When it comes to filing a sexual harassment claim under California’s Fair Employment and Housing Act, employees have just one year from the date of the alleged sexual harassment to file a complaint with the California Department of Fair Employment and Housing. Missing that deadline bars the employee from suing.
But sexual harassment rarely occurs in a vacuum, and there’s rarely just one incident. Instead, separate acts may be linked together to create a sexually hostile environment. In California, a harassing incident that occurred more than a year ago may still count—if the conduct is determined to be part of a continuing violation. Under California law, a continuing violation is one that involves unlawful actions that are (1) sufficiently similar in kind, (2) occurred with reasonable frequency and (3) acquired a degree of permanence.
The last element may be satisfied when an internal investigation is final.
Recent case: Kristy Linkenhoker worked at a county jail and alleged that for more than a year her supervisor sexually harassed her by touching her, making inappropriate comments about the sexual behavior of the women he worked with and generally complaining that women should get married and pregnant. She sued for a sexually hostile work environment, but her employer said she had waited too long to file her complaint.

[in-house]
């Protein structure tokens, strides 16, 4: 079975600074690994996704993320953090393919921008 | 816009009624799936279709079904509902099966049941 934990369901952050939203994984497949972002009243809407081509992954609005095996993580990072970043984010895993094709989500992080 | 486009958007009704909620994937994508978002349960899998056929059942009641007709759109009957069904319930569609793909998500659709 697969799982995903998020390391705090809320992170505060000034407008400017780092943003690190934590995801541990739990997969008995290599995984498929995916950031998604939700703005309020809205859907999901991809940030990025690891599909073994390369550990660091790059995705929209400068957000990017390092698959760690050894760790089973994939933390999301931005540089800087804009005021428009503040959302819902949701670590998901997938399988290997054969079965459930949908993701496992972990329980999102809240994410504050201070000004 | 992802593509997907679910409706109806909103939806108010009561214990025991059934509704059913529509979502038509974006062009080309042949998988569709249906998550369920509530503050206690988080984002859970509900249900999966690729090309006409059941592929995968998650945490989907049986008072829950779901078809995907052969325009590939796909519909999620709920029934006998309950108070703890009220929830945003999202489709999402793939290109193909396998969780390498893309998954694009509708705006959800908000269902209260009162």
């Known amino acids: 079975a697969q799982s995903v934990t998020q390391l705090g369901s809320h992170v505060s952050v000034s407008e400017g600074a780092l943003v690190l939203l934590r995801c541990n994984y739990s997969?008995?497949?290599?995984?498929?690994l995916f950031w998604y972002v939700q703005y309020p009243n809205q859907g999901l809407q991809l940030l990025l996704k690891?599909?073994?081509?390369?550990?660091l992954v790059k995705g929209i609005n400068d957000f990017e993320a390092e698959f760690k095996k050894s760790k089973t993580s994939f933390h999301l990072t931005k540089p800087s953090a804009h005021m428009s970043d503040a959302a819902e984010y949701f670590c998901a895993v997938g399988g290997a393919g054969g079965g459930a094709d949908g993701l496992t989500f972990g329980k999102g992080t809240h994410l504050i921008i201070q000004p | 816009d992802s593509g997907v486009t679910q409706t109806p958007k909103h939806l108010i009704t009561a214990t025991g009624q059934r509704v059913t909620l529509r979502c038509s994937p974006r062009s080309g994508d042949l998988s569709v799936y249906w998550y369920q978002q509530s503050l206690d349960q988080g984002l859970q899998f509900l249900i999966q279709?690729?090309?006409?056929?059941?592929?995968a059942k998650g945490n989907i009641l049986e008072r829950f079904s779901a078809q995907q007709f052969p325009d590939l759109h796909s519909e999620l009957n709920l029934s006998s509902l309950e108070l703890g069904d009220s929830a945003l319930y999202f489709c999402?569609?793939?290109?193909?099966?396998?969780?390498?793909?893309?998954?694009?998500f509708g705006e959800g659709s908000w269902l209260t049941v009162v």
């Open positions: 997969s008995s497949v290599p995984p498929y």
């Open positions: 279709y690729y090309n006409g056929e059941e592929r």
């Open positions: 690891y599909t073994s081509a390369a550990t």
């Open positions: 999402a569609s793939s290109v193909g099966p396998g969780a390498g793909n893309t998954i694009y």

The court disagreed, concluding the alleged harassment was a continuing violation. Her one-year deadline started when the harassment acquired a degree of permanence. That occurred when Linkenhoker learned that her internal complaints and the investigation that followed were final and gave her no relief. She was allowed to link all the harassment together as a continuing violation. (Linkenhoker v. Rupf, et al., No. 06-05432-EDL, ND CA, 2007)
Final note: Keep careful track of when internal investigations begin and end. That way, you will be aware of relevant timetables if a claim arises.